A magazine for friends of the Warren Alpert Medical School of Brown University.

Brown Celebrates 50 Years of Medicine


A kickoff event in April will begin a 15-month celebration of the Medical School’s evolution and its plans for the future.

On March 10, 1972, the Corporation of Brown University approved the creation of a four-year medical education program, paving the way for Rhode Island’s first and only medical school. Fifty years later, the University is launching a celebration of decades of impact in medical education and research, the contributions of the 3,893 physicians who have earned MDs, and the innovative path ahead for The Warren Alpert Medical School.

“Whether caring for patients in Rhode Island’s hospitals and clinics, battling health crises around the world, or turning scientific discoveries into medical breakthroughs, Brown medical school students, faculty, alumni, and staff have built a half-century track record of positive impact,” says President Christina H. Paxson. “Brown’s contributions to health and medicine far exceed what even the most optimistic program founders might have envisioned in 1972. The Warren Alpert Medical School is an inspiring national and global leader, and this 50-year celebration marks a milestone for the entire University community to reflect on both its history and its future.”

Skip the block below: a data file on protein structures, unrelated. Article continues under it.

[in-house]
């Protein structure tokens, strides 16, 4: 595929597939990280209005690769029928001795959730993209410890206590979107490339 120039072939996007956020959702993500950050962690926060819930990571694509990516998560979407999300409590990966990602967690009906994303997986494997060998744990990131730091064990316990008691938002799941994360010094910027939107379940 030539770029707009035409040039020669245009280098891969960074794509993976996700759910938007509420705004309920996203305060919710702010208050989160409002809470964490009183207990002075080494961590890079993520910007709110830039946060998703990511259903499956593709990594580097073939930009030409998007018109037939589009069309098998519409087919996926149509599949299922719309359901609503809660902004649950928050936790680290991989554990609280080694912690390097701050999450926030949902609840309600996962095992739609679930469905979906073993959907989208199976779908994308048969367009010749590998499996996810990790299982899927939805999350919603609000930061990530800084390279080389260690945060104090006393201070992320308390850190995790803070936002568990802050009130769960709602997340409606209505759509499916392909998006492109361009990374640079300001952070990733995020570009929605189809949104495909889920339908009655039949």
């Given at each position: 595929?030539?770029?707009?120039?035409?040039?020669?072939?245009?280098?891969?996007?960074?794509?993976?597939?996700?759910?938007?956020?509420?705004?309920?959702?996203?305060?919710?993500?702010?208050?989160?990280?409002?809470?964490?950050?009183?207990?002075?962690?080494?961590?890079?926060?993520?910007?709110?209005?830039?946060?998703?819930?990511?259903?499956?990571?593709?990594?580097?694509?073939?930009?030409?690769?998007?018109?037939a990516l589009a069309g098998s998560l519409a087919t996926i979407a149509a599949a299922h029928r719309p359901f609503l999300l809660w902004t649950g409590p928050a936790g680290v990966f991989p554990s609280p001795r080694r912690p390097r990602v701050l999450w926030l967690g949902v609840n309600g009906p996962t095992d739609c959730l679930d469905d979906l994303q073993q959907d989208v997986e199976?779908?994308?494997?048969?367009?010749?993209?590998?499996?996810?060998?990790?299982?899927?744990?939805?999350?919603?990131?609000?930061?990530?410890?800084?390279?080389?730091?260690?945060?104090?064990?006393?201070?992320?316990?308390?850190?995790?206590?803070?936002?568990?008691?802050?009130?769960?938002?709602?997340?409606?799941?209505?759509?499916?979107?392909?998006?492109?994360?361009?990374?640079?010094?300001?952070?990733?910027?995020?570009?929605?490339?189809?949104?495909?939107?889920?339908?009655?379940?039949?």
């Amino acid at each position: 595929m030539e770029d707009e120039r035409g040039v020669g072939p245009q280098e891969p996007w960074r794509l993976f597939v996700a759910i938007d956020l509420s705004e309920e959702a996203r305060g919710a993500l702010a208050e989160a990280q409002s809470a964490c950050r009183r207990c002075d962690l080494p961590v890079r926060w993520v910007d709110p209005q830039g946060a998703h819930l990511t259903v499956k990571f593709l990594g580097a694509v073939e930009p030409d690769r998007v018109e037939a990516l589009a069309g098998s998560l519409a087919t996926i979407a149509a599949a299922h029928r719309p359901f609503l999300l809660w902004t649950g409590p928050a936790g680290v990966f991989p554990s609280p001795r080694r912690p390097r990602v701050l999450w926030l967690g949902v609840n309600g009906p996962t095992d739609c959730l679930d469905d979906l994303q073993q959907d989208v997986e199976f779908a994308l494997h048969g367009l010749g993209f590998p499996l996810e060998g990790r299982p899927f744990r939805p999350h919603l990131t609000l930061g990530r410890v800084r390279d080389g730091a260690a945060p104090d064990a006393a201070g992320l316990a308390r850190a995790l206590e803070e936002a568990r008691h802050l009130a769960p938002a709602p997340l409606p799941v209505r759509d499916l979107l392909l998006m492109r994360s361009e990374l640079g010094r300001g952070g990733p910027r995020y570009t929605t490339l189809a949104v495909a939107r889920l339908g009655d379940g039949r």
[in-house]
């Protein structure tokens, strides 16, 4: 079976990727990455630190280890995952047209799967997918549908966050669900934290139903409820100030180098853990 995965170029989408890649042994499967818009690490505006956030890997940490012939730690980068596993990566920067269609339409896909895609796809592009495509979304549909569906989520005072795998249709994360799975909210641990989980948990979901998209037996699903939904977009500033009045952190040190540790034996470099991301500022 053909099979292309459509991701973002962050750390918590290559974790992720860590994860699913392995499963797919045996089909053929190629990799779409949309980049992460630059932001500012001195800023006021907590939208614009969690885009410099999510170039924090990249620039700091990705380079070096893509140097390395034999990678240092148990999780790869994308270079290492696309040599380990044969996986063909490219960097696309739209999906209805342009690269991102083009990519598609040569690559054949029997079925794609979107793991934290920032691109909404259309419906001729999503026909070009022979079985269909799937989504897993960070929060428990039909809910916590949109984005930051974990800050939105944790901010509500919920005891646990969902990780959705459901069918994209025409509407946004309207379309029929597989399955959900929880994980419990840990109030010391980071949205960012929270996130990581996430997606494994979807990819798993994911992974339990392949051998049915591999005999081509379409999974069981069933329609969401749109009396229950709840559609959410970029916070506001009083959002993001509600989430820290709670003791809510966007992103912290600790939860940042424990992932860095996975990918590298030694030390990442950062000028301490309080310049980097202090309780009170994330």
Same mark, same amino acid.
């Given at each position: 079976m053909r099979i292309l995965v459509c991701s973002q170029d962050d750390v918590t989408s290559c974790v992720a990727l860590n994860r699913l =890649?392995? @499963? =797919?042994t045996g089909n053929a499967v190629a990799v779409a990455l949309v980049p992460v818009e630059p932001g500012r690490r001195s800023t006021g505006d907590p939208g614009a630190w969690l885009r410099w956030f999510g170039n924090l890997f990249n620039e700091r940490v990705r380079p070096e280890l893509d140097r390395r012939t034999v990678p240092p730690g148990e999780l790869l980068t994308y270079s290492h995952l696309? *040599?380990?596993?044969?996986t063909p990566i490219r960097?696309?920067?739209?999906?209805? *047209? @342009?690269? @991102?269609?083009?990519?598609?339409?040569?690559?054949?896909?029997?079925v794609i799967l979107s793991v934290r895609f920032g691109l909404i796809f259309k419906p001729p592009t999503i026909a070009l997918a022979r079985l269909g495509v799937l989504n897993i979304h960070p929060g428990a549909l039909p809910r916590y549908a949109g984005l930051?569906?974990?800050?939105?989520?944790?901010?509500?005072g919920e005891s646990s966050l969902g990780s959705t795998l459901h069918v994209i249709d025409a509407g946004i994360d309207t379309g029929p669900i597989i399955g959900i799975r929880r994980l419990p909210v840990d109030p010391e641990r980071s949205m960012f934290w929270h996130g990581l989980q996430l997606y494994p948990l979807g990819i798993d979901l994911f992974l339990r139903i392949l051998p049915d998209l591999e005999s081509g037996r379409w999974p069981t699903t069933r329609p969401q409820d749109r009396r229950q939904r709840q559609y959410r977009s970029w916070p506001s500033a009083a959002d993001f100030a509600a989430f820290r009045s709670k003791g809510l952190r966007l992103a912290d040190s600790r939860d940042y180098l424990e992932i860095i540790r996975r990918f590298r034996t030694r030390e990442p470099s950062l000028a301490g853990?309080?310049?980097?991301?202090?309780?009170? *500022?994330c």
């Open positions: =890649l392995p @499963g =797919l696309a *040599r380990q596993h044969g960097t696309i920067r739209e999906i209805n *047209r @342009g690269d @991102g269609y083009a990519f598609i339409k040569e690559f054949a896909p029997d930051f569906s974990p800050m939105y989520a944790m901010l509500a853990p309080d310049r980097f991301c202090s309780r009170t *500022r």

The “50 Years of Medicine at Brown” celebration will kick off with a community event on the evening of Friday, April 29, and continue through June 2023, concluding the end of the next academic year. A series of celebratory, reflective, and scholarly activities will honor distinctive and innovative elements of Brown’s approach to medical training and biomedical innovation, characterized by a unique focus on promoting the health of individuals and communities through service to society. This is reflected in the medical program’s close relationship with Tougaloo College, a historically black college in Mississippi; its focus on transformative and socially responsible education, health care delivery, and biomedical research; and the local and global contributions of its physician-scientists working toward improved clinical practice, treatments, and cures.


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